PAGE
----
CHICAGO (Jul. 16)
A proposal that presidents of every national Jewish organization should meet with each other at least four times a year, in order to effect greater cooperation in American Jewish community life, was advanced here by Philip M. Klutznick, B’nai B’rith president, addressing the 85th annual convention of the District Grand Lodge No. 6 of the order. More than 1,000 delegates attended the gathering.
Stressing the importance of “good community manners” and the recognition of genuine differences in ideology and approach to issues within the Jewish community, Mr. Klutznick offered as a first step toward cooperation the following suggestion:
“What I would suggest first of all is that the men who lead our communal organizations get to know each other, get to talk together informally and without the encumbrances of staff and protocol. I think it would be a good thing for the community if the presidents of every national Jewish organization–and only the presidents, no substitutes–were to meet with each other at least four times a year. The agenda of such meetings might consist of matters submitted in advance which the presidents agreed to consider. There would be no voting except by objection; and no action unless agreement was unanimous.”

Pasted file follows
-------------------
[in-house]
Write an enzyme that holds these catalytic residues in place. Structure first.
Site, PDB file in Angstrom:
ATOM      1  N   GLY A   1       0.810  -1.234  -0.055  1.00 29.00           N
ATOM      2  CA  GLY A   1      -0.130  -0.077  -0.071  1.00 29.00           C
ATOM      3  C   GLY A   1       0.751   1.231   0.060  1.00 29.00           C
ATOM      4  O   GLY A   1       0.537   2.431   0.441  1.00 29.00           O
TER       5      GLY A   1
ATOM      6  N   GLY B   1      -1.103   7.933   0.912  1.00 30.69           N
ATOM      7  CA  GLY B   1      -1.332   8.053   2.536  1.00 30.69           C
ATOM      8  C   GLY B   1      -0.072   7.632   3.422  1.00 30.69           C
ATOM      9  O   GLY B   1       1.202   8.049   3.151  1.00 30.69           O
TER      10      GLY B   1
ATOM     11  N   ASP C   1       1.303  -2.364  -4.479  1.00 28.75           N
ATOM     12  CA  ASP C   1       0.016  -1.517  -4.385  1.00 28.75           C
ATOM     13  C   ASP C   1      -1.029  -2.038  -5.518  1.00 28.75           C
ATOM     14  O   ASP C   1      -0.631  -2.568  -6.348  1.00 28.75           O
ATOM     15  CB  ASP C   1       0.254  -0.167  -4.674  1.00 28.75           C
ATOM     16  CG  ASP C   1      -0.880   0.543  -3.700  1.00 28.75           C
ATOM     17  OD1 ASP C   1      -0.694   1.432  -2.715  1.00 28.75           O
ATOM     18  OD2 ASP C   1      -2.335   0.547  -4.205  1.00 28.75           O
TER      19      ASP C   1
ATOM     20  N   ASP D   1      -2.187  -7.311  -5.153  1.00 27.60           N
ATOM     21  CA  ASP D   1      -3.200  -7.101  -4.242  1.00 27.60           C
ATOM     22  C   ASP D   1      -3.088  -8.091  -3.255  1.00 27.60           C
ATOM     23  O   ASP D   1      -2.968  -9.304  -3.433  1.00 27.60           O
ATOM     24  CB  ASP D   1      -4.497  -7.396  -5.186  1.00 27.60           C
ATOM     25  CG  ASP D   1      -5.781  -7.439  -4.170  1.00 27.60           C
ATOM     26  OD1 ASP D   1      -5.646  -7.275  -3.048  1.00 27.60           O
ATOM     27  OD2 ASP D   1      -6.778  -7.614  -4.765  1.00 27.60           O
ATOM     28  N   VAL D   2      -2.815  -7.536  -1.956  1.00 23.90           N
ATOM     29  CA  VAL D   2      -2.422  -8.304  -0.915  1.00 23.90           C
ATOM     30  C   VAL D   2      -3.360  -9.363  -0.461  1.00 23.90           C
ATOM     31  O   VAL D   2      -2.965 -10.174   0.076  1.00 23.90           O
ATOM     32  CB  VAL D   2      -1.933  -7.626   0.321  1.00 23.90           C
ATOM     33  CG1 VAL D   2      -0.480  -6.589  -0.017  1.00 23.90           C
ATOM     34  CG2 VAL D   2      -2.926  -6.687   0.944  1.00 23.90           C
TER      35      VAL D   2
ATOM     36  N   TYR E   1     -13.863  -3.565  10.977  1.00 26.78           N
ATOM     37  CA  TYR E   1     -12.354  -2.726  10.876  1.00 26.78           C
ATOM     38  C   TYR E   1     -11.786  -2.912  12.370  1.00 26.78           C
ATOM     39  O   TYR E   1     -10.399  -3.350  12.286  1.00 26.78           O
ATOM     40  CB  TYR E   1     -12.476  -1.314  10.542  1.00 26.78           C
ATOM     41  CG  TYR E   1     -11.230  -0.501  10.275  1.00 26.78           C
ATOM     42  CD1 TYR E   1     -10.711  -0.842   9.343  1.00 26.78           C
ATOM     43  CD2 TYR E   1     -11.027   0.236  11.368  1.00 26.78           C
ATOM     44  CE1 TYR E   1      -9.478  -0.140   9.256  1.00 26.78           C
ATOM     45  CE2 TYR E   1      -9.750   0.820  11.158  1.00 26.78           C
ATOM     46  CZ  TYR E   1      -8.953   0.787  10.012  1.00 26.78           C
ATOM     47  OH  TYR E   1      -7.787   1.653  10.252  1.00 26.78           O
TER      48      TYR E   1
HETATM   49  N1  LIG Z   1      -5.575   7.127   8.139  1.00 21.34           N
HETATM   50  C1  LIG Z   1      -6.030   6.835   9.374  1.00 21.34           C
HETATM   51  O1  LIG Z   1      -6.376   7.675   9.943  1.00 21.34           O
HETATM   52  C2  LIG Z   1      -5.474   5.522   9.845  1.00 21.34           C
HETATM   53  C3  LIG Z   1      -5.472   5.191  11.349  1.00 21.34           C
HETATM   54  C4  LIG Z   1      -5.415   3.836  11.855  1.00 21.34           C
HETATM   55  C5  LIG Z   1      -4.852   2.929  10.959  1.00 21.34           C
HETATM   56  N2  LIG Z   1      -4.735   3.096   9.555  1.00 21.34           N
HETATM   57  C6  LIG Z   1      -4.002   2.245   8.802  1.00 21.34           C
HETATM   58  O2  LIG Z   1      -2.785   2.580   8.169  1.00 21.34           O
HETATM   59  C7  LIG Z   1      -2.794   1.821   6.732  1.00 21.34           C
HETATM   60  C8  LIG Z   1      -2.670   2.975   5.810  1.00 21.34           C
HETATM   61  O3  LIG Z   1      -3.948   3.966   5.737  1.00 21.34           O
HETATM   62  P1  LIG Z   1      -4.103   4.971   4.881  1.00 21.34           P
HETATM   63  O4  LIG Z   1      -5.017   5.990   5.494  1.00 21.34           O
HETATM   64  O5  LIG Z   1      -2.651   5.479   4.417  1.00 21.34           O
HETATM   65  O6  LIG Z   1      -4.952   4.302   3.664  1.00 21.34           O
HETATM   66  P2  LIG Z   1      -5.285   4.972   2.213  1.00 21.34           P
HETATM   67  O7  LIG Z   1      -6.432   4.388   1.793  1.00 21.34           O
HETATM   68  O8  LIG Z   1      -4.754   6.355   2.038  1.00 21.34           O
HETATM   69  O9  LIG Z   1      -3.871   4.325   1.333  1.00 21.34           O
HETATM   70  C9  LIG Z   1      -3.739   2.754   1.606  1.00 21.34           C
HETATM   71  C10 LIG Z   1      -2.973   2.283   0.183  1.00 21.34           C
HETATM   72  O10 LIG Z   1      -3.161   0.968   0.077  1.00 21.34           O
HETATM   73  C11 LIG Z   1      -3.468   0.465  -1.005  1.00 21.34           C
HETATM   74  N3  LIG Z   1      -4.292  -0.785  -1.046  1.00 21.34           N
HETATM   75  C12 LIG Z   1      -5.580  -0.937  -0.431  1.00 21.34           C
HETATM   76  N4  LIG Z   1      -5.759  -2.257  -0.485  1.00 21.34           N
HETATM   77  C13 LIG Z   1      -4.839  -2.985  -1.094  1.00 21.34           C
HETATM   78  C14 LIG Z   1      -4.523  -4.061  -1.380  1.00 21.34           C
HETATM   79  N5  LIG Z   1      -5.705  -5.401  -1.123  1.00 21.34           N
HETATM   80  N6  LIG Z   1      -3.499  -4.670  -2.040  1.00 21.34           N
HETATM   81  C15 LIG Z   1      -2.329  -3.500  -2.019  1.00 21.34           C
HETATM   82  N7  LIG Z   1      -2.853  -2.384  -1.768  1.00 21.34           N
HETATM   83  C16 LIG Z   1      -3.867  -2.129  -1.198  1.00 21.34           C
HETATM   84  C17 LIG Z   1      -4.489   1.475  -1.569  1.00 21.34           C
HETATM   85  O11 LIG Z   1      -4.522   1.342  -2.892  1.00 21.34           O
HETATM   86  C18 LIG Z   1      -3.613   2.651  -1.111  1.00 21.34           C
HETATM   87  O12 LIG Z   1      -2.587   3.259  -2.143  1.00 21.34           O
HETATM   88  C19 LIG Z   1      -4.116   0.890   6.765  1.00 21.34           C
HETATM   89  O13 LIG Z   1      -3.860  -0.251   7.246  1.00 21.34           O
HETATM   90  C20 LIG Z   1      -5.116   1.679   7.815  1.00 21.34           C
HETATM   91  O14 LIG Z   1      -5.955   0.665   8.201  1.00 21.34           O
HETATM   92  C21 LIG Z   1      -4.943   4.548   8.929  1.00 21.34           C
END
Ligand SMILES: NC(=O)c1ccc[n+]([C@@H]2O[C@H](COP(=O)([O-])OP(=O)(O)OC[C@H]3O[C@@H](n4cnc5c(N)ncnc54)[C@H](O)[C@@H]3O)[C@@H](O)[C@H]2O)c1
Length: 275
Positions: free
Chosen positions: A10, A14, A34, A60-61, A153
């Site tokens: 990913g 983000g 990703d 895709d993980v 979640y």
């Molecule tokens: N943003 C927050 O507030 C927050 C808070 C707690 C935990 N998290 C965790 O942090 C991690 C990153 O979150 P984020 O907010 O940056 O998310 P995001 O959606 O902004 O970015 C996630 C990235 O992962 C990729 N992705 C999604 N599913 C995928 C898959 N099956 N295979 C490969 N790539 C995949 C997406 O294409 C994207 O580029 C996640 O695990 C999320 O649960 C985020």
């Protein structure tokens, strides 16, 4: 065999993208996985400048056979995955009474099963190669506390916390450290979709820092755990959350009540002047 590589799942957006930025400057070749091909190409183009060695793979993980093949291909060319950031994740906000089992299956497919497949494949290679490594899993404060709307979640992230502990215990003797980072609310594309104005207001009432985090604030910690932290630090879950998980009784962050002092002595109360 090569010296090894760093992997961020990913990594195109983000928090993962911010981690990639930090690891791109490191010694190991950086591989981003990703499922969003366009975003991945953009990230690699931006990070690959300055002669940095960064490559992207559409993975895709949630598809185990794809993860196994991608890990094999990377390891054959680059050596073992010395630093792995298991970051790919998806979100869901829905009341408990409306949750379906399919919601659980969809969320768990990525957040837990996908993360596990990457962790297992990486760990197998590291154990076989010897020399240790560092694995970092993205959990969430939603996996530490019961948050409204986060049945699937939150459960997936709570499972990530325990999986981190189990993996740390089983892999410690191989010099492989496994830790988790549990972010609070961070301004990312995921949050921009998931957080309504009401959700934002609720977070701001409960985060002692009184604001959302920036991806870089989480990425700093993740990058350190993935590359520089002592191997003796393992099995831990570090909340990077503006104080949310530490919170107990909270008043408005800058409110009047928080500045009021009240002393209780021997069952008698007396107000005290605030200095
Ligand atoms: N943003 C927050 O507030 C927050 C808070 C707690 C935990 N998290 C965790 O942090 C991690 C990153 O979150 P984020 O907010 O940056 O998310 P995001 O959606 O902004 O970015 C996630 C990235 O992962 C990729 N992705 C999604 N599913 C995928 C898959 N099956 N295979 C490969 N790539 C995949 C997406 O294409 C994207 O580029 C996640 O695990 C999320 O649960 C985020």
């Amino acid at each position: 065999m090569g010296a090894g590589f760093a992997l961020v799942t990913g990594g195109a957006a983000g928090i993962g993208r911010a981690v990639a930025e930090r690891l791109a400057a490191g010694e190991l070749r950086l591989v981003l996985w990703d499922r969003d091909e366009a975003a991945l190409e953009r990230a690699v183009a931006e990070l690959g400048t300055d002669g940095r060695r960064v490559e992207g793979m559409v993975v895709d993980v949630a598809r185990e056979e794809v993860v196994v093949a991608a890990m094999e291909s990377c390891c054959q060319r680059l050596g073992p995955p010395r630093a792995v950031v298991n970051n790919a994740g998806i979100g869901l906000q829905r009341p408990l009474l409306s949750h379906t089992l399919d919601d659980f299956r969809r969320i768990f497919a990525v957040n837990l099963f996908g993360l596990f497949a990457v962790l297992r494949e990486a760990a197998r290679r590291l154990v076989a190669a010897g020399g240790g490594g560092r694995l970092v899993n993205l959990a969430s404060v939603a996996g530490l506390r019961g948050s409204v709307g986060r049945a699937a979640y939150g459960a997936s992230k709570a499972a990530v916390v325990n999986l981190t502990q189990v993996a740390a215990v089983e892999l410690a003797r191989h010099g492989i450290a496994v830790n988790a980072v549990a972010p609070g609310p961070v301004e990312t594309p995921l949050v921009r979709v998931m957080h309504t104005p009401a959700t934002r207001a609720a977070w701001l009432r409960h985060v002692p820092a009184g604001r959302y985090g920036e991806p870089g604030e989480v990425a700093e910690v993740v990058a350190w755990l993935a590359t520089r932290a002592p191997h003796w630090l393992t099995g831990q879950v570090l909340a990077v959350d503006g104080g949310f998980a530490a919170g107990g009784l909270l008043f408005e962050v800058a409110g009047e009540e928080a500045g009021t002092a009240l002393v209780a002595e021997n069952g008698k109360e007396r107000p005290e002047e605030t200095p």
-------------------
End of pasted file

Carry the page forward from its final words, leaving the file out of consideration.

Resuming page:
Citing the example of the heads of two prominent American Jewish organizations holding office during the same four-year period who had never met each other, Mr. Klutznick declared: “I cannot repeat often enough that we need to have a place where we can learn to know each other better. Not only do most of us need Jewish education, we need education about Jews – their ideologies, their institutions and their organizations. Whether we agree with each other or not is not half so important as that we learn through knowledge of each other to respect one another.”